World-class climber Emily Harrington credits 'Free Solo' climber Alex Honnold with life-saving rescue after fall from El Capitan

Emily Harrington fell during her ascent of El Capitan in Yosemite National Park.

World-class climber Emily Harrington said she was actually in a "calm moment" when she had a terrifying fall while attempting to ascend El Capitan in Yosemite National Park.

"It wasn't a moment of panic. It wasn't a moment of surprise," Harrington, 33, told "Good Morning America." "Honestly, it was a very calm moment. In my head, it was just kind of like, 'OK, I'm falling. This is happening.'"

Harrington had climbed about 150 feet Monday when she lost her grip. She was attempting to free climb El Capitan on the Golden Gate Route in under 24 hours.

No woman has ever free climbed that route in under a day, and only three or so women have free climbed El Cap on any route in under a day.

ABC News obtained exclusive video of the moments immediately after Harrington's fall as rescue workers carefully stabilized her neck.

"I actually remembered thinking that, like, oh, having pain is actually a good thing because it means that I can feel," Harrington told "GMA." "And it was a huge relief."

By Harrington's side during the fall were her boyfriend and fellow climber Adrian Ballinger and Alex Honnold, who gained fame with the Oscar-winning film "Free Solo," which documented his historic climb of El Capitan.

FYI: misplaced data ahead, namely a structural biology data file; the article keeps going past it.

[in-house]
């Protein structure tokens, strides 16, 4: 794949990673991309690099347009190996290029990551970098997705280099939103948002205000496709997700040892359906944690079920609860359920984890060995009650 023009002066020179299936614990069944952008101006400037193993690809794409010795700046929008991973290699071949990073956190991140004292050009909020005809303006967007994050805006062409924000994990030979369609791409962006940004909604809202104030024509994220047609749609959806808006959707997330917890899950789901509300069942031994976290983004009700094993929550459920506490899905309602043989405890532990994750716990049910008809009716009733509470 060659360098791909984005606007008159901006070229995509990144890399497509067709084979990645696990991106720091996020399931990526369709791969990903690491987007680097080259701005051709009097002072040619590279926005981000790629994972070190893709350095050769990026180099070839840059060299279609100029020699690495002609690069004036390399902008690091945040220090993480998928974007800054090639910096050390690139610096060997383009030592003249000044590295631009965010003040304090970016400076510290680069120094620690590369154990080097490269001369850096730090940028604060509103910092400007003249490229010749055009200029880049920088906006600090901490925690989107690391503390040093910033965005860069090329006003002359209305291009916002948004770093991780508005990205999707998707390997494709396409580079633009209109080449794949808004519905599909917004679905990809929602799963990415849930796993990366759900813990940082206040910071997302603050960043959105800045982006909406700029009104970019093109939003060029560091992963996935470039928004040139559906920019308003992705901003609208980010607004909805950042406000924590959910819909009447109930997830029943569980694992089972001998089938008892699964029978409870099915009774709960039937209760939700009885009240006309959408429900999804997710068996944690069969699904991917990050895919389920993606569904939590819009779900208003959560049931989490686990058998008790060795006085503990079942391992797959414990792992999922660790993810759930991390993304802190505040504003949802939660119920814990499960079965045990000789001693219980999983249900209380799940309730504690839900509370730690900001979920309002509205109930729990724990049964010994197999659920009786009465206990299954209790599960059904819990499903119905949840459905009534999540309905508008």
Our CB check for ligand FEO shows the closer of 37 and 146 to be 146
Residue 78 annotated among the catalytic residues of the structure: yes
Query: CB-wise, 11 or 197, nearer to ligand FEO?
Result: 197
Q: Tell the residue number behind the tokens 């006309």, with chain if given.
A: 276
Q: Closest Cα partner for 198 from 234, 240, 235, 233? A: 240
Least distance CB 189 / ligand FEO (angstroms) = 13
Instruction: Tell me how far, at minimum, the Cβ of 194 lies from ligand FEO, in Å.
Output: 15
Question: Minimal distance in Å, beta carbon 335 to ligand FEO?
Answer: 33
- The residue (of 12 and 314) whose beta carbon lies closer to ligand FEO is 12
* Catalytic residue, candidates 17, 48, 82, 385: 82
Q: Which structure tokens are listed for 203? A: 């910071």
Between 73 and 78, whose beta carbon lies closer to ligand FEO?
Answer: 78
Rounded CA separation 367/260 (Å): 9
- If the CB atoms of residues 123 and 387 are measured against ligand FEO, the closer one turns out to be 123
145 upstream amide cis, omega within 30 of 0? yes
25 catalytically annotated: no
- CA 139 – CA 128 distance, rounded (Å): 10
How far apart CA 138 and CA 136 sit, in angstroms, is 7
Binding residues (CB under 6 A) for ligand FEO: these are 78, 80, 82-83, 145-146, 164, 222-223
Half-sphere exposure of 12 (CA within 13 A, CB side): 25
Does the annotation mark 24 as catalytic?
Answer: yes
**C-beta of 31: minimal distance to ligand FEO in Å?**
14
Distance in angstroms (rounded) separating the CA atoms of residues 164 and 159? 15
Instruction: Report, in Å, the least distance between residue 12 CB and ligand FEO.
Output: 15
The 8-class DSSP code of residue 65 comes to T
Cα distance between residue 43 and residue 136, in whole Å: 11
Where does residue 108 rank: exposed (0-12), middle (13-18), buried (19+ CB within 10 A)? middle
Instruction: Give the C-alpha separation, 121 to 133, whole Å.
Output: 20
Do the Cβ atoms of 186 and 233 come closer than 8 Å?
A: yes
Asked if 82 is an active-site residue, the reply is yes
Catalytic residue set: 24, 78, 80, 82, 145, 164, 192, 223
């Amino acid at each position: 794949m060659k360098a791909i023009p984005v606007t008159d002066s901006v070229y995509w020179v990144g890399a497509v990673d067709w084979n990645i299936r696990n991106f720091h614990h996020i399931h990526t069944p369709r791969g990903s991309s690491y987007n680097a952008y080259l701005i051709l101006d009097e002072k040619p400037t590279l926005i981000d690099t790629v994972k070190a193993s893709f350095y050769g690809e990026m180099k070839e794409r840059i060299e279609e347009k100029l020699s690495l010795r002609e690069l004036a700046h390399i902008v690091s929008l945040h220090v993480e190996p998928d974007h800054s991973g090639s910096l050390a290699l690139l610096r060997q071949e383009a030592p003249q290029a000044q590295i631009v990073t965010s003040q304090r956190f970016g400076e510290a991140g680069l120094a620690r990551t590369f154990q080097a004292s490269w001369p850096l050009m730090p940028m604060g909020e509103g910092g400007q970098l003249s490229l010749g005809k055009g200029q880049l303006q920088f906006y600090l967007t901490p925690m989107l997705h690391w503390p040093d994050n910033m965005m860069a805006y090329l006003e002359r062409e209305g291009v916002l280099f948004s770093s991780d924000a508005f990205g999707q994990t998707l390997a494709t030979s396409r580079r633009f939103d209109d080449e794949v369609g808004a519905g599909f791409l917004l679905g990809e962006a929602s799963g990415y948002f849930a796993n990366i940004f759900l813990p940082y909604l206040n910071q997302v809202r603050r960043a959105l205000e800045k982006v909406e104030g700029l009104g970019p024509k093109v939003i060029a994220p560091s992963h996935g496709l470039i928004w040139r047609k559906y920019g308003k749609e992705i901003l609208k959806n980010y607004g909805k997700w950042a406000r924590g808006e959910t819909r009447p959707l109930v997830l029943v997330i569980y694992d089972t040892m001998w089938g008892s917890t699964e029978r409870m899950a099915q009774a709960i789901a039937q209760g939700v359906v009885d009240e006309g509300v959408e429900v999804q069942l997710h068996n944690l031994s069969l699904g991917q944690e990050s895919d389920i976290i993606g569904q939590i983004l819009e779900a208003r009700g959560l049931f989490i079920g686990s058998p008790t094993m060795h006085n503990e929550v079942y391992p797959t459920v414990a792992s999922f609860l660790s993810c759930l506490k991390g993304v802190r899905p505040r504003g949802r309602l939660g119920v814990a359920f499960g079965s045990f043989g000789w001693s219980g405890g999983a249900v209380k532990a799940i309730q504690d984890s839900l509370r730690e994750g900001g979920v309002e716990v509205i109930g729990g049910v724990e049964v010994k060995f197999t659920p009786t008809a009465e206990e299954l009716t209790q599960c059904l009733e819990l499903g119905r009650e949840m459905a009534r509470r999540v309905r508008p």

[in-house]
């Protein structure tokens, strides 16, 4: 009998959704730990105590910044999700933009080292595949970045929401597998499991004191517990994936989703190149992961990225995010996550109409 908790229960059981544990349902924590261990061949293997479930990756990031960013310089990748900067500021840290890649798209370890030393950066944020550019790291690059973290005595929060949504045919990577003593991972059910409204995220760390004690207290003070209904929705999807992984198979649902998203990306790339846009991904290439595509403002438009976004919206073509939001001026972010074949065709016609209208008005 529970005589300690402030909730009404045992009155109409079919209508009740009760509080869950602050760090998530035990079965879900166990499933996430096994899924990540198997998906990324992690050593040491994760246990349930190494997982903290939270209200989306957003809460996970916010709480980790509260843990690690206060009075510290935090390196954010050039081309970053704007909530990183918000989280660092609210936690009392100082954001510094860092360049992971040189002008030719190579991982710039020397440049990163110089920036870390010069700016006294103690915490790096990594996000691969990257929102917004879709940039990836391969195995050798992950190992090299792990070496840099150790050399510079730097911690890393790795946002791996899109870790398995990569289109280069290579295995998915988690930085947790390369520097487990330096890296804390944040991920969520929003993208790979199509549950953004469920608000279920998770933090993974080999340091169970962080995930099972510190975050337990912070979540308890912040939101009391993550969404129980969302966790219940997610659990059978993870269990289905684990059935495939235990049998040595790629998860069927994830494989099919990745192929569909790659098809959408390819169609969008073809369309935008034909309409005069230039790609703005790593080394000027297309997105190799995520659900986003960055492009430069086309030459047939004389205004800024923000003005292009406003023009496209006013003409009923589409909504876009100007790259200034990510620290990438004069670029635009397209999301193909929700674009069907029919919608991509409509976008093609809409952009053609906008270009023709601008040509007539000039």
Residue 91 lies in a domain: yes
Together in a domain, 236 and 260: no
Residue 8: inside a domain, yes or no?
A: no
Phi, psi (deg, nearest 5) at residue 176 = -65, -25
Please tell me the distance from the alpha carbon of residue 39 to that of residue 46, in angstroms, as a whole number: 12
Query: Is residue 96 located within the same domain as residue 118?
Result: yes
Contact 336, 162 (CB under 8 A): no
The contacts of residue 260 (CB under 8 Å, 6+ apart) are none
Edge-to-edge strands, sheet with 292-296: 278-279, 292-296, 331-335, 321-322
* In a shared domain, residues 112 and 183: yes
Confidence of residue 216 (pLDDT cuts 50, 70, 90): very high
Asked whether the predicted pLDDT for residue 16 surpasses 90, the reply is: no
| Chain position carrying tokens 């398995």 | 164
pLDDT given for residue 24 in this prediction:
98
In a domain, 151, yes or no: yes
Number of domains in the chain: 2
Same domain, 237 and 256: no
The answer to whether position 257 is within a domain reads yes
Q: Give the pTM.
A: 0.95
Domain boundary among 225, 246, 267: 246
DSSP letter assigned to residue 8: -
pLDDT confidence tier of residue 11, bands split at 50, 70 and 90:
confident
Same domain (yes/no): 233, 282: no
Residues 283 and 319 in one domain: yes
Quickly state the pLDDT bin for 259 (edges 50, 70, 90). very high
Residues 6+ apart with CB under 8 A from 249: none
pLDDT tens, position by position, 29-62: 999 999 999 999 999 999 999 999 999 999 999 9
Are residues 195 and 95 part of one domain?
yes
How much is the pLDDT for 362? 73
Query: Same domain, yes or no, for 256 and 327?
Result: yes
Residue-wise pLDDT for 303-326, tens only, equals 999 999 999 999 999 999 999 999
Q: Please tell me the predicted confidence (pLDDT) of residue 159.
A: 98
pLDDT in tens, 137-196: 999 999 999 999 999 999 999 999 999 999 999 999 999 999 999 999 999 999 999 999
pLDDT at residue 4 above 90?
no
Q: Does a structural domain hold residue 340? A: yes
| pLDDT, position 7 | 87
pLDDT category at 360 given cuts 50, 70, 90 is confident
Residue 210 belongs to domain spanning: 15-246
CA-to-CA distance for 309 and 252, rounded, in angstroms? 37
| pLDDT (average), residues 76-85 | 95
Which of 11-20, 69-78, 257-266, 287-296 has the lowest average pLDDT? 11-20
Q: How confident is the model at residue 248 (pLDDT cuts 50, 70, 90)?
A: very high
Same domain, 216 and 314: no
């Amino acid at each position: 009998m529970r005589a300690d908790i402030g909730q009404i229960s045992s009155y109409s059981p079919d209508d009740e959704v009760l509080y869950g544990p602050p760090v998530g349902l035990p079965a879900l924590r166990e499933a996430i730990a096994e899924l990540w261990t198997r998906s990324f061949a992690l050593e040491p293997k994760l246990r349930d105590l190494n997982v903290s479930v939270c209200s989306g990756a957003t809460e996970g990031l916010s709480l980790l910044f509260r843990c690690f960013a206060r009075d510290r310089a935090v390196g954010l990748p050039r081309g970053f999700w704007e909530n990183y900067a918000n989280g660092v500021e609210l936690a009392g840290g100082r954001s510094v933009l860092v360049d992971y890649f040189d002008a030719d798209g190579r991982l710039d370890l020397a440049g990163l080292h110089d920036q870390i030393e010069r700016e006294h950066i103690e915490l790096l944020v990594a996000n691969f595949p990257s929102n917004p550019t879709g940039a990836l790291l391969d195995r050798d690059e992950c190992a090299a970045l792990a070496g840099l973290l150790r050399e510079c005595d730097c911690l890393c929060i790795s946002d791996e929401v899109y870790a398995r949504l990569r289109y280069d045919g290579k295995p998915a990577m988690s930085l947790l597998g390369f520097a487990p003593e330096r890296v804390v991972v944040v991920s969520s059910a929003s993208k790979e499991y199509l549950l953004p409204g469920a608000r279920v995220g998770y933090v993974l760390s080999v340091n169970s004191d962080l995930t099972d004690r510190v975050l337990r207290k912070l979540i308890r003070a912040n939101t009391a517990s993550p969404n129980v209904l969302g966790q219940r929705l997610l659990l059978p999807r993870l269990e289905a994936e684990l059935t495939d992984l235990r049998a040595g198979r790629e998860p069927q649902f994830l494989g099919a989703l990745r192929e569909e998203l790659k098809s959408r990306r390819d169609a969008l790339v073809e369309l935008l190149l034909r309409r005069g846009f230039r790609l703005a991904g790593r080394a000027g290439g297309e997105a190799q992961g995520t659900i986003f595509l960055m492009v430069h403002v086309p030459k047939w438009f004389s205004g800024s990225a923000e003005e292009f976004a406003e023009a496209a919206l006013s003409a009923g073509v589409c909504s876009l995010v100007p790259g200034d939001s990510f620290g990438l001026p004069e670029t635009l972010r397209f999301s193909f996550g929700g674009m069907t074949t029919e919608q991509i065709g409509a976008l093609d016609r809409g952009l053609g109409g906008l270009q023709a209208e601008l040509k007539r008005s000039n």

Honnold was holding the rope that Harrington used to protect herself in case of this type of fall.

He explained on "GMA" Wednesday that Harrington was "using equipment to protect her in case of a fall but she was trying to just climb [El Capitan] with her hands and feet."

"I was holding the other end of the rope and she unfortunately slipped and hit some things as she fell," he said. "But ultimately the safety equipment caught her, as we expect it to."

Honnold said even he is not sure exactly what happened during Harrington's fall because it was in the dark and was what he described as an "unusual situation."

"We thought it was a very unusual situation in that she must have hit some things,” he said. “And also … she had rope around her neck which is a really unusual way for the rope to wrap around you so it’s hard to know what exactly happened but basically I caught the rope and she came to a stop and then we assessed the situation and helped her from there.”

Harrington described her condition in a post on Instagram as "’banged up but gonna be ok thankfully."

"Not much to say except I took a bad fall and pin balled a bit then somehow hit the rope w my neck," she said, going on to thank Honnold, Ballinger and other climbers who were there to help her.

ABC News' Alexandra Svokos contributed to this report.